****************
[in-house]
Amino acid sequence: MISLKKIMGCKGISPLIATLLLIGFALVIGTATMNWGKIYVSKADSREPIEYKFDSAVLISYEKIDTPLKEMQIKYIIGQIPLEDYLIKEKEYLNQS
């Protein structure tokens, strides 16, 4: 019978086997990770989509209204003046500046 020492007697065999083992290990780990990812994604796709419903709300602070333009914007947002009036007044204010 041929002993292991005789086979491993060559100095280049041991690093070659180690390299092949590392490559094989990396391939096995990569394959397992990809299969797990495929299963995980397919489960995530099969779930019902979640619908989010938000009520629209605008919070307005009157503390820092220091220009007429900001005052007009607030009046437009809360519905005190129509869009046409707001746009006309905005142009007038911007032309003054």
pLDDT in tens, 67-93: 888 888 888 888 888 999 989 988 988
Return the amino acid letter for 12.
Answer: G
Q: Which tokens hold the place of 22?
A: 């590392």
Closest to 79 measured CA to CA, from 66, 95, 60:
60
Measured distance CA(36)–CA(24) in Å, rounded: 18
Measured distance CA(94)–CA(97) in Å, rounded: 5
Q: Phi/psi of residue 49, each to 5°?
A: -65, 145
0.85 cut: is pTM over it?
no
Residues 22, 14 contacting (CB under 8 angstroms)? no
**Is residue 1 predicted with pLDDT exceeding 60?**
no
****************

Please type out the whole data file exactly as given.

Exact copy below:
[in-house]
Amino acid sequence: MISLKKIMGCKGISPLIATLLLIGFALVIGTATMNWGKIYVSKADSREPIEYKFDSAVLISYEKIDTPLKEMQIKYIIGQIPLEDYLIKEKEYLNQS
């Protein structure tokens, strides 16, 4: 019978086997990770989509209204003046500046 020492007697065999083992290990780990990812994604796709419903709300602070333009914007947002009036007044204010 041929002993292991005789086979491993060559100095280049041991690093070659180690390299092949590392490559094989990396391939096995990569394959397992990809299969797990495929299963995980397919489960995530099969779930019902979640619908989010938000009520629209605008919070307005009157503390820092220091220009007429900001005052007009607030009046437009809360519905005190129509869009046409707001746009006309905005142009007038911007032309003054």
pLDDT in tens, 67-93: 888 888 888 888 888 999 989 988 988
Return the amino acid letter for 12.
Answer: G
Q: Which tokens hold the place of 22?
A: 């590392």
Closest to 79 measured CA to CA, from 66, 95, 60:
60
Measured distance CA(36)–CA(24) in Å, rounded: 18
Measured distance CA(94)–CA(97) in Å, rounded: 5
Q: Phi/psi of residue 49, each to 5°?
A: -65, 145
0.85 cut: is pTM over it?
no
Residues 22, 14 contacting (CB under 8 angstroms)? no
**Is residue 1 predicted with pLDDT exceeding 60?**
no